Wooot, didn't Mr Rogoff see the "Captain Euro" propaganda video for kids? According to EU, Euro has been a huge success for everyone. Huge!

Mon, 02/20/2012 - 13:15 | 2177838 Ghordius
Ghordius's picture

Dick, the EUR is a success, so far. Otherwise our dear global banks would be now busy shorting the southern currencies to oblivion and going long the DM the same way that already happened before. And we eurozoners could kiss our interconnected/integrated supply lines of the industry good by. Or ship all manufacturing to the East.

We are in a currency war and it's holding (so far). Witness the Greeks not wanting to leave it.

It may go all down in flames, yes. Greece is an epic setback, yes. But this can happen to the Pound as to the Dollar, too.

Mon, 02/20/2012 - 12:20 | 2177651 williambanzai7
williambanzai7's picture

They should put him in charge.

Mon, 02/20/2012 - 13:06 | 2177828 Ghordius
Ghordius's picture

bill, I know that from the height of your age, the propaganda you are exposed to, your citizenship and the city where you live we europeans seem all senile buffoons, but do you really think we are that incapable that we should "put in charge" this oversimplifyer from Harward? textile industries, just for example...

Mon, 02/20/2012 - 15:47 | 2178299 blunderdog
blunderdog's picture

We've put some of the dumbest buffoons in the country in the White House, and the USA is doing just fine.  It's so crazy it just might work.

Heh heh.

Mon, 02/20/2012 - 12:27 | 2177675 gwar5
gwar5's picture

How about making Goldman Sachs liable for the entire Greek default and subsequent financial meltdown since they were the ones who cooked the books for Greece to get into the EU based on fraudulent accounting in the first place.

 

 

 

 

Mon, 02/20/2012 - 12:53 | 2177702 slewie the pi-rat
slewie the pi-rat's picture

as i so elegantly developed the theme a week or two ago, markel has been beaten like a rented mule by the banksters on this one, and the rubi"con" is behind them, now

i can see where spiegel likez a harvardEconomist to help them thru the propagananda, but it is too little, too late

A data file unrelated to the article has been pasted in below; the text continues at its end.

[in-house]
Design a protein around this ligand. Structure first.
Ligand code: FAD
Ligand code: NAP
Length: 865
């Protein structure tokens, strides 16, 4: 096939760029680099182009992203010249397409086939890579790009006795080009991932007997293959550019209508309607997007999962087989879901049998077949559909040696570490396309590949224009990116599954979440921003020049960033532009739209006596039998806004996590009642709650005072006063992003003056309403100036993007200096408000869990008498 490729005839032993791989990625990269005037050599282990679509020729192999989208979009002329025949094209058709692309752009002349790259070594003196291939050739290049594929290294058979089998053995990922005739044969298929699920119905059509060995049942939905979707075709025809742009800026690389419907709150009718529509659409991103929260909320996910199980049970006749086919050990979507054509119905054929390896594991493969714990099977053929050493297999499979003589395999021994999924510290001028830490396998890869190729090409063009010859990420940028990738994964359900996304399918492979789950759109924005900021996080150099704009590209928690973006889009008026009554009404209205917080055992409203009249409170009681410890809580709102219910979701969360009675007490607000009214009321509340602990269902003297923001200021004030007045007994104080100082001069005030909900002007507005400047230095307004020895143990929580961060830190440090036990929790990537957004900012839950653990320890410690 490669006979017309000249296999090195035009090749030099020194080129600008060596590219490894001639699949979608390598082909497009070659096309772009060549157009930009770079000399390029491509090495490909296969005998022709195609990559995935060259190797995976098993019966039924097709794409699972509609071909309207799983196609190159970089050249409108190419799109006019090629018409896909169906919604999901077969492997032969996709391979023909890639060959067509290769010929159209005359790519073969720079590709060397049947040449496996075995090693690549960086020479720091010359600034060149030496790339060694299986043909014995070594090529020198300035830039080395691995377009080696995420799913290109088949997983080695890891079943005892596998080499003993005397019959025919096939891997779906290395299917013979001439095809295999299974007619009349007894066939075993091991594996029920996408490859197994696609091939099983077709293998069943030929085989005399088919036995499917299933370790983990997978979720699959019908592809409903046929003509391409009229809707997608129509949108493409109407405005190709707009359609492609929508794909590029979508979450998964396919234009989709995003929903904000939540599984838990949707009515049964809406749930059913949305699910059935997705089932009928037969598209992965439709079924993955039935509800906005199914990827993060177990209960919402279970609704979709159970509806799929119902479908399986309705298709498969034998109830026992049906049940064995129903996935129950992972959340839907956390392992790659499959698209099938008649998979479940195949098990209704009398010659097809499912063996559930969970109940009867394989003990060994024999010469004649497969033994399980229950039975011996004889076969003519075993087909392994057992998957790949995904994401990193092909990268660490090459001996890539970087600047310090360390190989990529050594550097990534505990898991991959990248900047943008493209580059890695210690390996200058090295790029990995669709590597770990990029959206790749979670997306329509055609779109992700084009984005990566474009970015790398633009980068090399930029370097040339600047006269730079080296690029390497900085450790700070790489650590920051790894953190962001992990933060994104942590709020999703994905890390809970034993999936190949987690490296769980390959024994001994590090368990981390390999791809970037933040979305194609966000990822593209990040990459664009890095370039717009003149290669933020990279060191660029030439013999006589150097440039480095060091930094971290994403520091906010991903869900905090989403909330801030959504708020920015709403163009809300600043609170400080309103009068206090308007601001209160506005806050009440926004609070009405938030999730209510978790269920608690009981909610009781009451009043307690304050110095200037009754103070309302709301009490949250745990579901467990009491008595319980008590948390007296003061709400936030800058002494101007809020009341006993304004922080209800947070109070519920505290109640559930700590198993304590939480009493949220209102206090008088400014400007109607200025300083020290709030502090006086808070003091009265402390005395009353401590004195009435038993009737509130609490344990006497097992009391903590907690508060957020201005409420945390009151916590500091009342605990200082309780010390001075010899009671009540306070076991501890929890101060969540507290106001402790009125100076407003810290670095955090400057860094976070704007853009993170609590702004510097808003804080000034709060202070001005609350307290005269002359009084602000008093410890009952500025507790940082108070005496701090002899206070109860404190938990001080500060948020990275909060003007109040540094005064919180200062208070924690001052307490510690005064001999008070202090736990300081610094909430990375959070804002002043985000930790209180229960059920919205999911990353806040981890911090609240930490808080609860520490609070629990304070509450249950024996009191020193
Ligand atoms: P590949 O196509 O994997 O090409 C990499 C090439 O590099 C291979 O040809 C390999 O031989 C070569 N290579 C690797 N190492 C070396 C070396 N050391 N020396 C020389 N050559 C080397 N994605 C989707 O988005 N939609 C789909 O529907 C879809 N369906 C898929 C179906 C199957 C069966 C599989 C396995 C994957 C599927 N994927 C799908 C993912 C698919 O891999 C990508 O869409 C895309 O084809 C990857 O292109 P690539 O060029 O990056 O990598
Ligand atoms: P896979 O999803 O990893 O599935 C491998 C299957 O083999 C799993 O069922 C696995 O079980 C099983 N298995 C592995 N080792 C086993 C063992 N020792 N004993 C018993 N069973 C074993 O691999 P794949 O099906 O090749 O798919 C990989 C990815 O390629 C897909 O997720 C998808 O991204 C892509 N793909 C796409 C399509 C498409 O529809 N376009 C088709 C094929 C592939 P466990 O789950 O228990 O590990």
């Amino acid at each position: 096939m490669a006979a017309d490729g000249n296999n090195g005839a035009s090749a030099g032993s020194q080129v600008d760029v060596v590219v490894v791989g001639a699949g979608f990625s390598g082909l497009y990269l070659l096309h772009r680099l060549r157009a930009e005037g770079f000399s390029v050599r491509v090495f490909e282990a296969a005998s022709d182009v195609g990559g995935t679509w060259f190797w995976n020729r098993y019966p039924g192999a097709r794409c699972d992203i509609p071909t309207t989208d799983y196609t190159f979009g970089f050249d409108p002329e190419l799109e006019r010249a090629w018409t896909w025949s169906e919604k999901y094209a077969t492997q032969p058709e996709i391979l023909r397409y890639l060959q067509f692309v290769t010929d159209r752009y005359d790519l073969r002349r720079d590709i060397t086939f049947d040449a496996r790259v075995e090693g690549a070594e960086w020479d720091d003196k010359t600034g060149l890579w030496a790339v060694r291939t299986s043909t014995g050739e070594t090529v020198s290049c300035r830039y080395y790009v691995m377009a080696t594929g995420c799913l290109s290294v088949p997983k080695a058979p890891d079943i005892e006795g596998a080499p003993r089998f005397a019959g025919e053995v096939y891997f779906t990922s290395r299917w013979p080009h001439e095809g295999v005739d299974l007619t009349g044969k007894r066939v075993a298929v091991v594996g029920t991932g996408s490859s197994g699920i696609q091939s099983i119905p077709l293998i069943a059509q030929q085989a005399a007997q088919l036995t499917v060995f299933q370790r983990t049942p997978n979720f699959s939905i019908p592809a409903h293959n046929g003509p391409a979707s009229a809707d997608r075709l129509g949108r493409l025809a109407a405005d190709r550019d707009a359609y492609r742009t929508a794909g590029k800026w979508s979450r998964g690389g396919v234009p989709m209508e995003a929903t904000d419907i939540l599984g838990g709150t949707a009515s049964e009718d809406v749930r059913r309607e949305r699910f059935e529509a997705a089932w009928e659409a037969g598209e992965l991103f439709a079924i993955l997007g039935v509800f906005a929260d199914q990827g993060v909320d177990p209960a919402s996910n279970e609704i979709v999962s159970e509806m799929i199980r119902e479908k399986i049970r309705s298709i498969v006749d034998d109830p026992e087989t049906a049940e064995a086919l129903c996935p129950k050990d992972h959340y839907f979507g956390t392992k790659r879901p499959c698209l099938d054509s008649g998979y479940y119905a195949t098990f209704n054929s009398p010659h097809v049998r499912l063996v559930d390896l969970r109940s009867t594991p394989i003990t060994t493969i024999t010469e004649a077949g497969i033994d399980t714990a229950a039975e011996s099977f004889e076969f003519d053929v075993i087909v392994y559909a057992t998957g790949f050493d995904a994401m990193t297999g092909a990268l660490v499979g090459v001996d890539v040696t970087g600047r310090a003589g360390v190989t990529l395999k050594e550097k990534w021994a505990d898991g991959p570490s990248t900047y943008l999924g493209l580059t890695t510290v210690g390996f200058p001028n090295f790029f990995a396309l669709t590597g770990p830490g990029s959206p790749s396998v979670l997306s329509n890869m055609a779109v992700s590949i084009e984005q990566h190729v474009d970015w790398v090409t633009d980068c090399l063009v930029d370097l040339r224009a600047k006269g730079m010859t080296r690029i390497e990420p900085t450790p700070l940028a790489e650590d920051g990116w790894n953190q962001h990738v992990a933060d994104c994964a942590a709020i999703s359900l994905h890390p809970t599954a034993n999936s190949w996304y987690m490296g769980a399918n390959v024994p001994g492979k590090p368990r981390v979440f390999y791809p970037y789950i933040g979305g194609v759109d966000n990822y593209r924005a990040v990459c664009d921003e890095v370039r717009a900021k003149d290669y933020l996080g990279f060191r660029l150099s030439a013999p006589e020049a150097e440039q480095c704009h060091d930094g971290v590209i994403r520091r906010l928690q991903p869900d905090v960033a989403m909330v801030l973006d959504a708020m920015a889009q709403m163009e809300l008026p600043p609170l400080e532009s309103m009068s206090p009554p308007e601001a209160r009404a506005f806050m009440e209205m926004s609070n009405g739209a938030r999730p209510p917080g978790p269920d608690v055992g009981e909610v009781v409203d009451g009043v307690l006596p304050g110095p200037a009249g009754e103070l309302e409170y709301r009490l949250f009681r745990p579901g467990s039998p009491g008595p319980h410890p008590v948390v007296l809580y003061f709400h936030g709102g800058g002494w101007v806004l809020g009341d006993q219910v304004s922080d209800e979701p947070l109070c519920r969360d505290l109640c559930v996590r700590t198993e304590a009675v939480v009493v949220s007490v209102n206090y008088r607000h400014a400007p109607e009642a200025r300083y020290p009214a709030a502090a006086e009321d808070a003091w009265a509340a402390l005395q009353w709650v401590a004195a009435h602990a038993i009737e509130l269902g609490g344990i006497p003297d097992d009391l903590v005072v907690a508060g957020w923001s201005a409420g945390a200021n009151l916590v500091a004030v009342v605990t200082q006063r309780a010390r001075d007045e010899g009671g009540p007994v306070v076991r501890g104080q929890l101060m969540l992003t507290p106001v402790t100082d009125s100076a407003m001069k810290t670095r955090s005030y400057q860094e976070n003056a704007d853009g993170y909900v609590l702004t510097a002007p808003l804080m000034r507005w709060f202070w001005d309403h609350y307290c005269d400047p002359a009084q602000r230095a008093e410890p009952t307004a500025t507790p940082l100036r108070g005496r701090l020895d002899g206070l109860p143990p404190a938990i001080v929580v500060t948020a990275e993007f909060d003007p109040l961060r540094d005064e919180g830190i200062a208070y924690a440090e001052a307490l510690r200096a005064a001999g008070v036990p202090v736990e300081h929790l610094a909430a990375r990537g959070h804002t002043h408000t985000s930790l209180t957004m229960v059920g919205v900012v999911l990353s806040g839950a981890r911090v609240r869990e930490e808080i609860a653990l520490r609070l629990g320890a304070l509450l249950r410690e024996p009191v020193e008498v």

just my personal opinions, though;  my record speaks for itself!  L0L!!!

i've also said a few things about the german "growth trajectories"

they are hopium dreams based on false "interpretations"~~kinda like rogoff, here, actually!

he does get a nice big fat paycheck for doing this crap, ya know?

here: In an interview with SPIEGEL, Harvard economist Kenneth Rogoff, 58, says it was a mistake to bring all the southern European countries into the common currency.

ya mean the politicians, banksters and finiMinis made a mistake?  a "mistake" about EU = X+Y+Z+... 

chat among yourselves...  this is too fuking wonderful not to dedicate another 20-30 articles to the "subject", here, imo.  maybe somebody will have a "good idea" and send it mrFukingRogoff, the "doc-tor" for extra credit!

we go from pols to banksters, to economists...  be funny if he was just another "agent" getting wound up to stir the "soup", doncha think? 

here's his wiki bio, BiCheZ:

Career

Early in his career, Rogoff served as an economist at the International Monetary Fund (IMF), and at the Board of Governors of the Federal Reserve System.

He is an elected member of the American Academy of Arts and Science as well as a Fellow of the Econometric Society, and a former Guggenheim Fellow.[citation needed]

Rogoff was the Charles and Marie Robertson Professor of International Affairs at Princeton University.[citation needed]

He later served as Economic Counsellor and Director, Research Department of the IMF, from August 2001 to September 2003.[citation needed]

In 2002, Rogoff was in the spotlight because of a dispute with Joseph Stiglitz, a former Chief Economist of the World Bank and 2001 Nobel Prize winner. After Stiglitz had criticized the International Monetary Fund in his book, Globalization and Its Discontents, Rogoff responded with an Open Letter.

assuming you are here to try to think, of course...

again, to slewie, the best thing germany can do is walk away from this nonsense and stop wasting its political and economic energies fuking around with a buncha criminally insane commie losers in a poorly-designed, piss-poorly-administered, and clown-poorly-led operatic farce based on printing money and pretending